► From the News Tribune — Pierce County state representative decides to retire after 21 years in the Legislature — Rep. Steve Kirby (D-Tacoma) announced he will not be seeking another term next year after 21 years in the Legislature. Kirby, who represents the 29th LD encompassing South Tacoma, Lakewood and Spanaway, said he and his wife, Beckie Summers, are ready for the next chapter of their lives.

 


THAT WASHINGTON

 

► From Roll Call — Biden, Democrats punt reconciliation, voting rights bills to 2022 — President Joe Biden and Democratic leaders reluctantly acknowledged Thursday that the Senate would soon recess for the year without passing their sprawling $2.2 trillion social safety net and climate spending bill or voting rights legislation. In punting action on the party’s legislative priorities to 2022, Democrats are relinquishing the momentum of a calendar-driven deadline. No one could quite predict how long it would take to get the job done in the new year.

► From The Hill — White House: Biden wants bill passed ‘as soon as Congress returns’

► From the AP — Manchin’s child tax credit stance draws criticism back home — Sen. Joe Manchin’s reluctance to endorse the Biden administration’s expanded child tax credit program is rippling through his home state of West Virginia.

► From The Hill — Senate parliamentarian rejects Democrats’ third immigration offer — Senate parliamentarian Elizabeth MacDonough has rejected the third and most recent plan from Democrats for including immigration reform in the Build Back Better bill, telling senators that it doesn’t meet the rules for what can be included in a budget measure bypassing the Senate’s filibuster.

► From the NY Times — The line from Fox News to Trump’s Big Lie is short and direct (by Frank Bruni) — You can delve into the weeds of Sean Hannity and Laura Ingraham texts and commentary about the Jan. 6 rioting at the U.S. Capitol or you can pull back and survey the whole ugly yard. And what you see when you do that — what matters most in the end — is that Fox News has helped to sell the fiction that the 2020 election was stolen from Trump, and there’s a direct line from that lie to the rioting. There’s a direct line from that lie to various Republicans’ attempts to develop mechanisms to overturn vote counts should they dislike the results. That lie is the root of the terrible danger that we’re in, with Trump supporters being encouraged to distrust and undermine the democratic process. And that lie has often found a welcome mat at Fox News.

 


NATIONAL

 

► From the AFL-CIO — Significant action needed after latest data show essential workers disproportionately die on the job — Data published Thursday by the U.S. Bureau of Labor Statistics show that workers face preventable hazardous working conditions and disparities continue to grow. In 2020, 4,764 workers died on the job and the job fatality rate was 3.4 fatalities per 100,000 workers, the first decrease in years. That is an average of 13 workers dying each and every day. The decline in fatalities does not capture the staggering number of workers who so far have lost their lives from COVID-19 — tens of thousands and growing — and does not capture the nearly 120,000 workers who die each year in the U.S. from preventable occupational illnesses, largely work-related cancers.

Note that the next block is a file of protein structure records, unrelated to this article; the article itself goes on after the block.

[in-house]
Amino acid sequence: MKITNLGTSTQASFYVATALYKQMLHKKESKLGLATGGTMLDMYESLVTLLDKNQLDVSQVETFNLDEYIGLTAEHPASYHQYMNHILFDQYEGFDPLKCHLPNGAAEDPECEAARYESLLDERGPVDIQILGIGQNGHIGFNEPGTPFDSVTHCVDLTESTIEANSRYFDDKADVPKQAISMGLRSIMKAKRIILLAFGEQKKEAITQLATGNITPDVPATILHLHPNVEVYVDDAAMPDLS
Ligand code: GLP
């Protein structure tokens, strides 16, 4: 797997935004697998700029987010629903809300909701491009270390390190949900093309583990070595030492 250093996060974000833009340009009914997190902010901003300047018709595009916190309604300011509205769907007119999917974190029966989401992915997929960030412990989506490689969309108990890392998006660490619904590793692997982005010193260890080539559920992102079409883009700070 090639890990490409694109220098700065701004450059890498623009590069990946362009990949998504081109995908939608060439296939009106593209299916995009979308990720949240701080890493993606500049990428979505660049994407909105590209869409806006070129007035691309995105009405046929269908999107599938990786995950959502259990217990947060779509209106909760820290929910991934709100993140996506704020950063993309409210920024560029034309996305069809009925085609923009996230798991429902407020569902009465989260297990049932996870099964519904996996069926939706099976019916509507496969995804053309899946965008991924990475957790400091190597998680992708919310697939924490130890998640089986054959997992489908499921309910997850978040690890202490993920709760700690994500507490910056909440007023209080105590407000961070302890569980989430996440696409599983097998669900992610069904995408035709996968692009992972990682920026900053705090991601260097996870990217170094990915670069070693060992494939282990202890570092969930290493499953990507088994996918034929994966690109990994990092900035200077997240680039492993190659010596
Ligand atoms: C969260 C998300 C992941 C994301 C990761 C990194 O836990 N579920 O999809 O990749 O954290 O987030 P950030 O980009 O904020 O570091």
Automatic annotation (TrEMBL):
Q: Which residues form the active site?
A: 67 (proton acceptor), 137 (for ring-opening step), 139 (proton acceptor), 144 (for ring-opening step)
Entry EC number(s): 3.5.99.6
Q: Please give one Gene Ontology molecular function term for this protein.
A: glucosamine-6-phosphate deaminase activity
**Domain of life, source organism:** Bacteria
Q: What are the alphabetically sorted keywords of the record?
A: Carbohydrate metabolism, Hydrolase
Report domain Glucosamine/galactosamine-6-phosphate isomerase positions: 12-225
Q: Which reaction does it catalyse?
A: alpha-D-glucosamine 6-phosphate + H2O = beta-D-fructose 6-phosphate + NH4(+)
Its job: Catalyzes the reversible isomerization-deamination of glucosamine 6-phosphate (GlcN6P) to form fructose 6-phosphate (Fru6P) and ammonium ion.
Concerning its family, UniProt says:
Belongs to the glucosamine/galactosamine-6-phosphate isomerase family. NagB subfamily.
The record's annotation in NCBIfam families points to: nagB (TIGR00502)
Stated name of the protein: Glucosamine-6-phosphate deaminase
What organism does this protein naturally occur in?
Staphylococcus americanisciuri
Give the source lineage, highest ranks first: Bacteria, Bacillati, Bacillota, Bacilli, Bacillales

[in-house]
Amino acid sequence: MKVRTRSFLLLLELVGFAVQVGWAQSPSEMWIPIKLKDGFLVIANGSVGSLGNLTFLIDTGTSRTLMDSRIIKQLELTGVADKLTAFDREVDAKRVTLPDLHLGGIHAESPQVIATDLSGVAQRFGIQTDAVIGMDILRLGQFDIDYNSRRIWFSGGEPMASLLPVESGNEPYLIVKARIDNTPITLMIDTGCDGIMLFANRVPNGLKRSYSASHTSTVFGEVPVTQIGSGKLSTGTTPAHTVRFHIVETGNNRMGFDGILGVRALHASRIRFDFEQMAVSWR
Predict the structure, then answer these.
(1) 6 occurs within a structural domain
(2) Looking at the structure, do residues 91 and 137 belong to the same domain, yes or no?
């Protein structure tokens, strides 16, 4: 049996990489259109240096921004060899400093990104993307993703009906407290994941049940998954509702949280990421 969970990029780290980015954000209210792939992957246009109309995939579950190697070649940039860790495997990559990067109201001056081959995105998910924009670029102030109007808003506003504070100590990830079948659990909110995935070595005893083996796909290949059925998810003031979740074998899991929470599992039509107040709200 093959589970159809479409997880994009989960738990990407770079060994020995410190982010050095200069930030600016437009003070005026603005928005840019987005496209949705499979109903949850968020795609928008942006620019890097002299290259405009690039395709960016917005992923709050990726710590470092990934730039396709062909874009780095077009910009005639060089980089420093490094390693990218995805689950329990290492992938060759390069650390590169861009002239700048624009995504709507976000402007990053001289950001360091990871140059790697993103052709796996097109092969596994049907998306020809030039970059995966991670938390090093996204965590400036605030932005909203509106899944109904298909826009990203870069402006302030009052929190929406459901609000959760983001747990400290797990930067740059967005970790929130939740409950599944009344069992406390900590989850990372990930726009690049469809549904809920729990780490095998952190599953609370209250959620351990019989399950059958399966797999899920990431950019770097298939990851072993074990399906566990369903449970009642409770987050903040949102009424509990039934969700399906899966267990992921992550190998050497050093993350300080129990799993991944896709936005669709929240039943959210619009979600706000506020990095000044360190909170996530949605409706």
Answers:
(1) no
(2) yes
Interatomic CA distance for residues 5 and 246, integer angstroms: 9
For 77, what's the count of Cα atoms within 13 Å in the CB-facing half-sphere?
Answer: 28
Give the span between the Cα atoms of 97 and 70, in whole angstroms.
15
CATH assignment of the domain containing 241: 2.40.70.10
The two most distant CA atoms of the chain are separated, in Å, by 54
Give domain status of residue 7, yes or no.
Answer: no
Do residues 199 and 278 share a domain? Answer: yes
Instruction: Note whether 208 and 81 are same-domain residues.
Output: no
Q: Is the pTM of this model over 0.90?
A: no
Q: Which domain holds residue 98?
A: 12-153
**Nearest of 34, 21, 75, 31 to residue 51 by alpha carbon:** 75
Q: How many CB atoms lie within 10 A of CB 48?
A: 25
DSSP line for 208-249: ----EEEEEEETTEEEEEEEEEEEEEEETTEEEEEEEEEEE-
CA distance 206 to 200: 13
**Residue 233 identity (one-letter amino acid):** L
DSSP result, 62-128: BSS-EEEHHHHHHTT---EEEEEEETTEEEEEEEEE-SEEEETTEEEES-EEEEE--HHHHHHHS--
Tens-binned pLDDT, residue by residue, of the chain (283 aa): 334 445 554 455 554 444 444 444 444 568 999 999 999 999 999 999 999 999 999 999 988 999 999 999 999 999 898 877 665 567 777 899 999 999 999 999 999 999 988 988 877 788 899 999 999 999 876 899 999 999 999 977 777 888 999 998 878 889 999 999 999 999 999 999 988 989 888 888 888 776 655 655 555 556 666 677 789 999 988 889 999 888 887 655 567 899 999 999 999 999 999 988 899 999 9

► From CNN — Kellogg says it has a deal with union that could end 10-week long strike — Kellogg says it has reached a second tentative agreement with the union representing 1,400 workers who have been on strike since early October. But the 10-week-long strike will continue until rank-and-file membership at the union ratify the agreement. Membership voted against a previous deal reached two weeks ago, which extended the strike. The union has not put out a statement about the deal as of early Friday. But the company said it is hopeful this deal will be ratified by early next week and end the strike.

 


T.G.I.F.

 

► The Entire Staff of The Stand wishes very happy holidays to all of our readers. Our gift to you is this song. Before there was Adele, there was Helen Folasade Adu, a Nigerian-born singer/songwriter who became one of the most successful British female artists in history as Sade Adu, or just Sade. Unlike Adele, Sade rarely grants interviews, preferring instead to let her songs speak for themselves. And this, one of the all-time great love songs, speaks volumes. Enjoy.

 


The Stand posts links to Washington state and national news of interest every weekday morning by 10 a.m.